i)��� The cost of educating a student should be the general benchmark for establishing non-resident tuition, but this amount may be lowered by considering the non-residents� contribution to campus programs and facilities (e.g., housing), or if the non-residents are enrolled in programs with excess capacity.

ii)��� Non-resident students contribute dollars not only to the University System but also to the economies of the general community.� This general economic benefit should not be ignored when establishing non-resident tuition levels.

iii)�� The issue of competitiveness is especially crucial in setting tuition levels for courses where access to the course is independent of a student�s location (i.e., on-line courses).


Tuition Levels As a Reflection of the Cost of Education


1)�� Tuition levels will bear some reasonable relationship to the costs incurred by the campus in providing the education to the student.

a)�� As a general rule it is expected that cost of providing a program increases as one progresses from lower division, to upper division, to graduate school.

b)�� In recognition of the low national ranking of Montana in per capita income, a Montana cost of education 10% below the average of comparable states is a goal.

c)�� Unique campus or community factors (e.g., infrastructure needs, energy costs) may be proper factors to consider when calculating cost of education.

d)�� Tuition for distance education courses should bear some reasonable relationship to cost.


The Value of Education as a Factor in Establishing Tuition Levels


1)�� The benefits that accrue to society from having a well-educated citizenry should be taken into account when tuition levels are established.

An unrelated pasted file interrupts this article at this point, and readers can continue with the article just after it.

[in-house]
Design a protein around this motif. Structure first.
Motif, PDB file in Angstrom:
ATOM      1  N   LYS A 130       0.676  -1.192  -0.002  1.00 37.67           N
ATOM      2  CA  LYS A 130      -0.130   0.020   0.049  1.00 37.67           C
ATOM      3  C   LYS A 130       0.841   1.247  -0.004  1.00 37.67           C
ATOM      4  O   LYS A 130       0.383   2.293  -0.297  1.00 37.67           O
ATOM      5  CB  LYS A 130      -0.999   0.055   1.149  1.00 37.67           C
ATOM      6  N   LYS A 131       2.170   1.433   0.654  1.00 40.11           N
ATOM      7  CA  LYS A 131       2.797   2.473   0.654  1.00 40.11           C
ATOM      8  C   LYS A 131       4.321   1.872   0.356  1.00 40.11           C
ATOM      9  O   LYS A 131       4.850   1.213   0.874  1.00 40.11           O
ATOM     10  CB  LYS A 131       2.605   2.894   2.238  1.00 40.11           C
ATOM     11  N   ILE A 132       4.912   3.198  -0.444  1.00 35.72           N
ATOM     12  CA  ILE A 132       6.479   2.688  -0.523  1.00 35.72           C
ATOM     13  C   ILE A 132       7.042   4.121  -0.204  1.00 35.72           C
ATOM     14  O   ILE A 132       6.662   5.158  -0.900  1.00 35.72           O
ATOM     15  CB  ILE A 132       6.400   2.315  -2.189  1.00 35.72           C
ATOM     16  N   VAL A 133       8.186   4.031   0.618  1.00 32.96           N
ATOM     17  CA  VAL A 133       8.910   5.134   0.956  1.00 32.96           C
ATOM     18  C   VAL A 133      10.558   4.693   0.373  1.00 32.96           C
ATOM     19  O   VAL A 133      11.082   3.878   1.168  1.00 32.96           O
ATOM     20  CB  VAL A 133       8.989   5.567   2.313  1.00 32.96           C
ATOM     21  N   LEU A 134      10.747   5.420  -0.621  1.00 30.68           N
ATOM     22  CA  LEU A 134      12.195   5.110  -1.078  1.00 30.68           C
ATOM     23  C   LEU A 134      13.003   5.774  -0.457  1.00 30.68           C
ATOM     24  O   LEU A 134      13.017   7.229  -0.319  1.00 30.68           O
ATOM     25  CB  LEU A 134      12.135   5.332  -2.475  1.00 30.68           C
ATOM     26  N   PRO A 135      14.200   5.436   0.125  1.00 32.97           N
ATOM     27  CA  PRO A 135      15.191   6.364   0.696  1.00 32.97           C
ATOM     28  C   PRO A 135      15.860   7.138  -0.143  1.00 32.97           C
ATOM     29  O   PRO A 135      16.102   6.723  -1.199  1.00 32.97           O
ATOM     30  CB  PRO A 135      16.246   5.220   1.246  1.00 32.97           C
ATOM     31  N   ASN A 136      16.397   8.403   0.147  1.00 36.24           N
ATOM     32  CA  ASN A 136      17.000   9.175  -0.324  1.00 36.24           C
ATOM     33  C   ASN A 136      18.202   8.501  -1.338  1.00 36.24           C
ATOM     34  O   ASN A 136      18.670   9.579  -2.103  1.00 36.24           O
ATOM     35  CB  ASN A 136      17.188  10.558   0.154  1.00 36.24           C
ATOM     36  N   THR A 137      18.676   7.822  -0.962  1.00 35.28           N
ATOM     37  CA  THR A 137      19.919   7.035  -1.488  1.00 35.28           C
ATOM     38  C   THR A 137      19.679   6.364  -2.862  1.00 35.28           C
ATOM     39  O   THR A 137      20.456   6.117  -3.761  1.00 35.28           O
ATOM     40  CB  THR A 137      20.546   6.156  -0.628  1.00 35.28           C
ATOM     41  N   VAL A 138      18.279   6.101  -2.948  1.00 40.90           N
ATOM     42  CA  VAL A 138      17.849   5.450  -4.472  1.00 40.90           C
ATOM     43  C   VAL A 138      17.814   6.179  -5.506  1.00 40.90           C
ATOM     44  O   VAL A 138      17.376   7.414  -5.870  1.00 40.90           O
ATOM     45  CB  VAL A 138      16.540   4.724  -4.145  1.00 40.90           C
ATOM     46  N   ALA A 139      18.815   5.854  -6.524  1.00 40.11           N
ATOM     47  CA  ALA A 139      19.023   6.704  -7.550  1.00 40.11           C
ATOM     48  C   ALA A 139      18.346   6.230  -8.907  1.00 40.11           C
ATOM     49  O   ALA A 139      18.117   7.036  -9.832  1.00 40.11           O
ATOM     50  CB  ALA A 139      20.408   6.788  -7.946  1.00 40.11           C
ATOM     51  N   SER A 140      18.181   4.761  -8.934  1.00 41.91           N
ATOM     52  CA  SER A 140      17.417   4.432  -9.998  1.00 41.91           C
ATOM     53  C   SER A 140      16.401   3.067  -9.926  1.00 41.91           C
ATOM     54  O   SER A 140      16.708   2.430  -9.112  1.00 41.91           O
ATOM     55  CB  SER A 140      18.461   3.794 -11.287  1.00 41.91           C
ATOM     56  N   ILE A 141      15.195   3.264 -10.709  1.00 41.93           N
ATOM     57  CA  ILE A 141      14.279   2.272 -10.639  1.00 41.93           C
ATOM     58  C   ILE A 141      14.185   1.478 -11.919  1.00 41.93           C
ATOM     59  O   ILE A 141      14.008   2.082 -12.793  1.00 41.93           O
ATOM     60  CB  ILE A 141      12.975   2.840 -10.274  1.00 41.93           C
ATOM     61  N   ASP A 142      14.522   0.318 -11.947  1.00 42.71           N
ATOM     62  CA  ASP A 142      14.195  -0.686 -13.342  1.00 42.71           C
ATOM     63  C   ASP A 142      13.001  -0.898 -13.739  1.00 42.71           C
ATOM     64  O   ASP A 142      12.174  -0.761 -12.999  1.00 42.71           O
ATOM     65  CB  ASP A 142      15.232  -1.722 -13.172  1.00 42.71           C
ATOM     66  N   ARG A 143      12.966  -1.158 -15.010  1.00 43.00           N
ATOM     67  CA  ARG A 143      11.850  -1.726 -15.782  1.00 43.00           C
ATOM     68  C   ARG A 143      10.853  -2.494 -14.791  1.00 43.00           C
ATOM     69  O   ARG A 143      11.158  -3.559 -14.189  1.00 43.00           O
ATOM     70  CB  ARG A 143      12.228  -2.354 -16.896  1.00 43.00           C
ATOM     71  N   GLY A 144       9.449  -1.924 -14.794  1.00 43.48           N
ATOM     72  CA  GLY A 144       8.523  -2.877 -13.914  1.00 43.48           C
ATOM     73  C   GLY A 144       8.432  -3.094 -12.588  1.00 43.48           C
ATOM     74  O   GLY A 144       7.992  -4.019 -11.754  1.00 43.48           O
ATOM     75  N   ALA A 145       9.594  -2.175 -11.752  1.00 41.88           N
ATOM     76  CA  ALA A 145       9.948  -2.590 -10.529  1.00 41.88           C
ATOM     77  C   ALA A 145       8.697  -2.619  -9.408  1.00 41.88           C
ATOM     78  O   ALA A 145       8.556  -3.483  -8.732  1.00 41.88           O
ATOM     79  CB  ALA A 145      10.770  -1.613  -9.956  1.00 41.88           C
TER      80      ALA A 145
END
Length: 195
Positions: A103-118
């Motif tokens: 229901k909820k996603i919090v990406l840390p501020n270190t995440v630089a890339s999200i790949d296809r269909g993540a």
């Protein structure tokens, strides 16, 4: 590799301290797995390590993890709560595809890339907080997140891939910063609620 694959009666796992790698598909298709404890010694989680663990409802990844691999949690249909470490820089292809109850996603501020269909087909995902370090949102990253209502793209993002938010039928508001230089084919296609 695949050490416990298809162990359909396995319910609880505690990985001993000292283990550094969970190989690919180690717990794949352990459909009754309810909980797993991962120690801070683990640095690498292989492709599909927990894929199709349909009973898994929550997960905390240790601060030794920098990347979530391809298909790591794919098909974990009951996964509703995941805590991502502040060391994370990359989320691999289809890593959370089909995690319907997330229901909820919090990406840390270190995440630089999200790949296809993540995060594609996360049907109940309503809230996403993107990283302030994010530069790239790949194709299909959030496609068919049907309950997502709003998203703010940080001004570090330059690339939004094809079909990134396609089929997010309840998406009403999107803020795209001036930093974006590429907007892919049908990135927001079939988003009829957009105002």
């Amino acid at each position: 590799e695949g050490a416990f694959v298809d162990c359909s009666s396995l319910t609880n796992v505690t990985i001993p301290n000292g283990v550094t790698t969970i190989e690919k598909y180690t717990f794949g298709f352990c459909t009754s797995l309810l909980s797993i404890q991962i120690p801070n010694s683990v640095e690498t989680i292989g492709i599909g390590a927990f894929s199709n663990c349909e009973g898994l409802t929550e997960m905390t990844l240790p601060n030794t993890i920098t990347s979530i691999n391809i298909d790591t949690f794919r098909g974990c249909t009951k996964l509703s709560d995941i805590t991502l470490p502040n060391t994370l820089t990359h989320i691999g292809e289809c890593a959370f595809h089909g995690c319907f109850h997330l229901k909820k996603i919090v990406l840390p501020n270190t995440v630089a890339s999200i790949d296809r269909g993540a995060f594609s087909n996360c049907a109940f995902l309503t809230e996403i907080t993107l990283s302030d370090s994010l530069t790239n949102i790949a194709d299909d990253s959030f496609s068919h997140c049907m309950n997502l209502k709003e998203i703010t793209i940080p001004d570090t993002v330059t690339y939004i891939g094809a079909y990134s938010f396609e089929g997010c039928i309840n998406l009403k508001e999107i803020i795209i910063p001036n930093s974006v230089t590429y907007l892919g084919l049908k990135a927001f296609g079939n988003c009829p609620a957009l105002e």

2)�� The benefits of higher education that accrue to the individual should be taken into account when tuition levels are established.� This factor will often complement the practice of scaling tuition to the cost of programs.� A practical manifestation of these two factors is the tiering of tuition by level of institution.

a)��� Students at two-year institutions should pay a relatively low percentage of the cost of their education.

b)��� Students at regional/comprehensive campuses will pay a higher percentage of the cost of their education.

c)��� Students at the research/graduate campuses will pay the highest percentage of the cost of their education.


The Practice of Establishing Tuition


1)�� As far as is practicable, the Board of Regents will establish tuition and fees for two-year intervals.

2)�� The Board will solicit recommendations on tuition levels from students and faculty and from campus and OCHE administrators.� Campus hearings are a preferred method of soliciting student and faculty input.

3)�� A multiplication of fees is to be avoided and mandatory general fees should more generally than is done at present be incorporated into tuition levels.

4)�� Campuses should be allowed flexibility in the setting of tuition upon the demonstration of special fiscal or market circumstances.

5)�� Incentives should be established to reward campuses that are successful in maintaining relatively low levels of tuition.�